Like liability coverage, UM includes bodily injury and property damage limits. If you chose property damage coverage on your policy, you could also seek compensation for car repair and replacement costs.
As mentioned earlier, economic damages are expenses. Things like medical treatment come with a billing statement. To determine the total cost, all you have to do is add up everything. However, calculating non-economic damages, such as physical and emotional pain, is complicated. The insurance company might consider the following factors to come up with a fair number:
- Availability of medical evidence
- Impact of the injury on quality of life
- Duration of the recovery period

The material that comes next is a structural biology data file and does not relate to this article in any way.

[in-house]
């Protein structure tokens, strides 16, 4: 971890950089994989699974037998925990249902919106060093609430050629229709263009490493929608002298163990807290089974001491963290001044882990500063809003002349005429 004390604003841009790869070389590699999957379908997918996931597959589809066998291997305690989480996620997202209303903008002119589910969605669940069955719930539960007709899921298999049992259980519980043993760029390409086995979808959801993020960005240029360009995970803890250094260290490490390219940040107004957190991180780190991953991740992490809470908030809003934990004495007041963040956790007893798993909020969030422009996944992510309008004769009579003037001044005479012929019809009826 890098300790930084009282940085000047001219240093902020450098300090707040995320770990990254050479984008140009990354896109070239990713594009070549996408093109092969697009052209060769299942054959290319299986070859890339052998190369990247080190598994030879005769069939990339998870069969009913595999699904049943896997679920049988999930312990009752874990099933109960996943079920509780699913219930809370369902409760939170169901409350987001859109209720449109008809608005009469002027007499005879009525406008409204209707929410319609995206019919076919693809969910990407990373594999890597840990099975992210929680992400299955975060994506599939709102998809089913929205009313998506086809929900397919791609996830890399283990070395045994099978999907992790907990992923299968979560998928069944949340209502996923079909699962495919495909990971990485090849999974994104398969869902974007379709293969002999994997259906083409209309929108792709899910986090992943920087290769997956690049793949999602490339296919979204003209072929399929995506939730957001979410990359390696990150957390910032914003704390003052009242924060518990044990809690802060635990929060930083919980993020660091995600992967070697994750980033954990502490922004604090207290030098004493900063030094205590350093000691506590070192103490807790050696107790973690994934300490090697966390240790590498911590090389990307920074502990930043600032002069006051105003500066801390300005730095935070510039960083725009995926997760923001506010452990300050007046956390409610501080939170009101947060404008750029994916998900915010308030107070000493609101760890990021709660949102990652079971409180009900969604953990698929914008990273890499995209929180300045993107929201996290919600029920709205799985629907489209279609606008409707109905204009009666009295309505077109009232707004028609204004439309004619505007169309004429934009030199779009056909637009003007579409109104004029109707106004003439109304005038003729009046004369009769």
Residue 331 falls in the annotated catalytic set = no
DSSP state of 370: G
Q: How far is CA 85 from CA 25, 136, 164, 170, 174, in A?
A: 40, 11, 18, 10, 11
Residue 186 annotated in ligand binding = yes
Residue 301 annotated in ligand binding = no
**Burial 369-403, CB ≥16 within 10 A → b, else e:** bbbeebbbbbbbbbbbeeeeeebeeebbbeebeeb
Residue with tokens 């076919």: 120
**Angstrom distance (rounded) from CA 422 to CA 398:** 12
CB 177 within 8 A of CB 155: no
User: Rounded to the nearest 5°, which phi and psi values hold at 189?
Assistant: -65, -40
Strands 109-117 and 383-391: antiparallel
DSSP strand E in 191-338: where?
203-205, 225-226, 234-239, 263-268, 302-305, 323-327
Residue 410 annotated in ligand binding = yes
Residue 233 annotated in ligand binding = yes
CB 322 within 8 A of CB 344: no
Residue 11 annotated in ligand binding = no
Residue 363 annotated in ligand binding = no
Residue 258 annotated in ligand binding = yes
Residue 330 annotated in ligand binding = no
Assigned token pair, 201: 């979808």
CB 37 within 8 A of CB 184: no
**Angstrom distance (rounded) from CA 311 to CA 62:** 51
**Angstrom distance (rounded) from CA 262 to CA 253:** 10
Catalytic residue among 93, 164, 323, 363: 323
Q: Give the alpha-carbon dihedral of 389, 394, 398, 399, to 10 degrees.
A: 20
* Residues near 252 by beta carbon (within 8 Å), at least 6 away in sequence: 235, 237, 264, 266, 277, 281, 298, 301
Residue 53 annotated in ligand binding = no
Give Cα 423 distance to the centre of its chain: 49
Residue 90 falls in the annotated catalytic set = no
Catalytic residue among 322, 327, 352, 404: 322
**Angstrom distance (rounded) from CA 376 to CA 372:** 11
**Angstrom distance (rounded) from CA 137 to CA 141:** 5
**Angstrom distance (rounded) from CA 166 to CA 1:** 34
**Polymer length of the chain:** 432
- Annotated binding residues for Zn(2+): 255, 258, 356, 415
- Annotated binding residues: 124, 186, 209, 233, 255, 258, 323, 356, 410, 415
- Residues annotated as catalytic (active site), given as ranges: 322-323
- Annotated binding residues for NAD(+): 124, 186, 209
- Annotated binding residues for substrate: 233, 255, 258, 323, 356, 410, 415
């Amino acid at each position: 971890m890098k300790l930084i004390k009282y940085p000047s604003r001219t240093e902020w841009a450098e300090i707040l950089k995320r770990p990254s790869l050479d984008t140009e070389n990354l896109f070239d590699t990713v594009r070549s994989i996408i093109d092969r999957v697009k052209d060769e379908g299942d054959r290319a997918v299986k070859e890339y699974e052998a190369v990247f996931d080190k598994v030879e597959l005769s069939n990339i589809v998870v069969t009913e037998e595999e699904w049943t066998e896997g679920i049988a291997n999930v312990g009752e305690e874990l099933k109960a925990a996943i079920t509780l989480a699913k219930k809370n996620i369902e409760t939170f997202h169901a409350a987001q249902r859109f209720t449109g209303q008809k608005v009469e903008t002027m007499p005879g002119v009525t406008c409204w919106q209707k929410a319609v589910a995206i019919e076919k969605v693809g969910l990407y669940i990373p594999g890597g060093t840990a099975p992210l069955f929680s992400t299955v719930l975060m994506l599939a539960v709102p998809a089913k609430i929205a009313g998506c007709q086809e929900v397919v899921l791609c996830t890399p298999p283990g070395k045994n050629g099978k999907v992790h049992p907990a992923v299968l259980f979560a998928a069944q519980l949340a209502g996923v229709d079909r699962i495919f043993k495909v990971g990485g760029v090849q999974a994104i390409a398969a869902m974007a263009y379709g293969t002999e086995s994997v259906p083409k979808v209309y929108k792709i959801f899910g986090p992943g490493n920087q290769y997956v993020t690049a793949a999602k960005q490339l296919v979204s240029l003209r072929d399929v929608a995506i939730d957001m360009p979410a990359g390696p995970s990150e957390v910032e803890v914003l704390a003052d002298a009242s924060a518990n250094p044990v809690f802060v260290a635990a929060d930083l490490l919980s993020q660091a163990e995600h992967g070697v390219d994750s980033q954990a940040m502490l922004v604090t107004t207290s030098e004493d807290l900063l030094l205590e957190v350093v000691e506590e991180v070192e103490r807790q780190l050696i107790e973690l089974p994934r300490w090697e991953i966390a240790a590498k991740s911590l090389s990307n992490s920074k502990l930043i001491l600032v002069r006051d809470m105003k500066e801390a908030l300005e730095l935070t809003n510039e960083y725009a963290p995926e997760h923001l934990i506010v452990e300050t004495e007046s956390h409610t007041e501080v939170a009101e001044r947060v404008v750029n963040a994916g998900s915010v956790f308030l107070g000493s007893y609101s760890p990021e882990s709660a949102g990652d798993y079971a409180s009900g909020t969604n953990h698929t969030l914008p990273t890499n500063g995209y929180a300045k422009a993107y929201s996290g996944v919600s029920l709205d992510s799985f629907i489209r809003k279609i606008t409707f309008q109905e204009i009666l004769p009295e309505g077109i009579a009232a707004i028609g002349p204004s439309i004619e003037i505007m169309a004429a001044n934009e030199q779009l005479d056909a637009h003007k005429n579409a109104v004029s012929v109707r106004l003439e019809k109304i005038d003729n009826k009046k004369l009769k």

- Permanent damage, impairment, or disability as a result of the accident
- The total value of economic damages
- Inability to maintain employment or perform the job to full capacity
- The severity of the injury
- Proof the other driver was at fault
- Future medical treatment needed
Damages in a Lawsuit
You can file an insurance claim, lawsuit, or both. It’s your choice, but your Charlotte drugged driver accident lawyer will advise you on the best option. If you choose to file a lawsuit against the liable driver, there’s a strict deadline you must comply with in North Carolina. It’s known as a statute of limitations. The statute of limitations for car accidents is three years. That means you have three years from the accident date to sue for compensation.
The legal theory of negligence is standard in this type of case. Negligence refers to one party’s failure to prevent harm to another by following a standard of reasonable care. There are five elements you must show were present at the time of the accident to prove negligence: